Remembering the Women of
the Green Book
Candacy Taylor Talks to Andrew Keen on Keen On
The coronavirus pandemic is dramatically disrupting not only our daily lives but society itself. This show features conversations with some of the world’s leading thinkers and writers about the deeper economic, political, and technological consequences of the pandemic. It’s our new daily podcast trying to make longterm sense out of the chaos of today’s global crisis.
On today’s episode, Andrew talks with Candacy Taylor about her new book, Overground Railroad, the history of the Green Book, and how far we still have to go when it comes to race relations in America.
From the episode:
Andrew Keen: You mentioned earlier that as a travel writer, you had your experiences on Route 66. There are some wonderful photos in the book of Black women on the road. Do they have a particular place in the Green Book? Is there a gender piece of this narrative?
Candacy Taylor: Yeah, I’ve actually dedicated a whole chapter of my book to women in the Green Book and the role that they played. Victor Green, the creator of the Green Book, dies in 1960, so he never lives to see the passage of the Civil Rights Act in ’64. And the year before he died, Alma Duke Green, his wife, took over the entire Green Book, which is again why she was such a critical force and I don’t think he could have done it without her, because he worked full time as a postal worker and she was also working on the guide. So in ’59, the whole entire green book, the masthead, is all women, and she’s listed as the publisher and the editor, and all the other people listed in the masthead—except for one who has initials and we don’t know the gender of that person—but everybody else listed is female. So there’s that.
And then there were so many female-owned businesses that were celebrated in the Green Book, like tourist homes. They were among the first AirBnbs, where widowed women, generally, would open up their homes if they had an extra bed and allow people to stay, especially migrant people who were leaving the South and fleeing racial terror. It wasn’t just people who were on vacation that were using the Green Book. People who didn’t maybe have much money could rent very cheaply a room and get a warm meal. There were all these beauty salons in the Green Book. There were a lot of female-identified, like Phillis Wheatley, hotels that were in the Green Book. Women played a major factor. In my research it kept coming up, and it was fun to celebrate that and really dig deeper into that.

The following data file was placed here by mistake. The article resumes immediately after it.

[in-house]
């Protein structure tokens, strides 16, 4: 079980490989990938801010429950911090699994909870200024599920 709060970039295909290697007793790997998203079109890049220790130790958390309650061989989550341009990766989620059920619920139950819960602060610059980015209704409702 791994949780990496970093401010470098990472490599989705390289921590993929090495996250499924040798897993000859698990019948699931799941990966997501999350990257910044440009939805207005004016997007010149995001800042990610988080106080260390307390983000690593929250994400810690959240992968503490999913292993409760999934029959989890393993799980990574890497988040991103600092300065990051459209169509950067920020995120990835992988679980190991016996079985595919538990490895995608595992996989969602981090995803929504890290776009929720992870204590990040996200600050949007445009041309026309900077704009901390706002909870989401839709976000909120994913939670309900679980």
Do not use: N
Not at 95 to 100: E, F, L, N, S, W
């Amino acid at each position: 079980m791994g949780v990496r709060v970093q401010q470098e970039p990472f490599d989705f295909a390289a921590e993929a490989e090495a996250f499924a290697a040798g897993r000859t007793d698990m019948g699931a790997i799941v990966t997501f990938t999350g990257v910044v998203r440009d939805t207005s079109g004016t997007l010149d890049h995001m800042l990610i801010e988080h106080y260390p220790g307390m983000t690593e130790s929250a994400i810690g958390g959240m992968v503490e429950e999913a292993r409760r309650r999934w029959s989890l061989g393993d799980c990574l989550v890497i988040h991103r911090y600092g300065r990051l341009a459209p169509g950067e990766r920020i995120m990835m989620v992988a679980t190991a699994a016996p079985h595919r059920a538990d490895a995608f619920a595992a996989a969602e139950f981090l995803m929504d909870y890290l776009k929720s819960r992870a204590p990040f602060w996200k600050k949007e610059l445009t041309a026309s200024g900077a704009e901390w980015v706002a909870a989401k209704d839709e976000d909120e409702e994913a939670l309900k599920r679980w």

Andrew Keen: Obviously, the Overground Railroad refers to the Underground Railroad from a previous African American period in history. What are the equivalents between the Overground and the Underground Railroads in your mind? Why did you choose the title?
Candacy Taylor: Well, Overground Railroad came to me when I had a fellowship at Harvard, and I was standing with John Jennings, who’s a really incredible writer, and I said, “It was incredible, it was like this Overground Railroad!” And he said, “That’s the title of your book.” And I thought oh my god, you might be right. There was something so brazen about it, in the similar way that the Underground Railroad was this pathway to freedom. Even though we had Jim Crow, we still had a lot of the tenements, and a lot of white supremacist structures were still very dominant in how Black people were able to move or not move throughout the country. And the fact that Victor Green created this guide where it’s like, I’m taking you to golf courses, you can go to beaches—and this is at a time when major newspapers like the Chicago Tribune told Black people to stay away from beaches because they’re literally an irritation to white people, and even though that’s unfortunate for Black people, it’s better if they just stay away. And the Green Book said, oh, no, no, no, here, you can do this. Here’s what you do. These are the places you can go.
So in that way, it was very innovative, the ingenuity that was involved in creating such a pathway for Black folks, in a similar way that the Underground Railroad did. I thought the stakes were similar in terms of death. If you ran into the wrong sundown town, you could get lynched or harassed. There were so many parallels in terms of this is what the 20th-century Overground Railroad did. And I think we’re in a current state now with police violence and brutality where we really do need to remind ourselves, where are we now? And how much of a pathway do people have? My book ends in this story about mass incarceration, which I think is a civil rights crisis of our time. How many of those folks leaving prisons need an Overground Railroad pathway into just a normal life where they can make a living and not be branded as a felon and not be allowed to vote? There are all these rights that have been taken from us systematically in this country, and it continues. That’s why I titled it Overground Railroad.
Subscribe now on iTunes, Spotify, Stitcher, or wherever else you find your podcasts!
Candacy Taylor is an award-winning author, photographer and cultural documentarian. Her work has been featured in over 50 media outlets including the New Yorker and The Atlantic. She is the recipient of numerous fellowships and grants including The Hutchins Center for African & African American Research at Harvard University and the National Endowment for the Humanities. She lives in Denver, Colorado.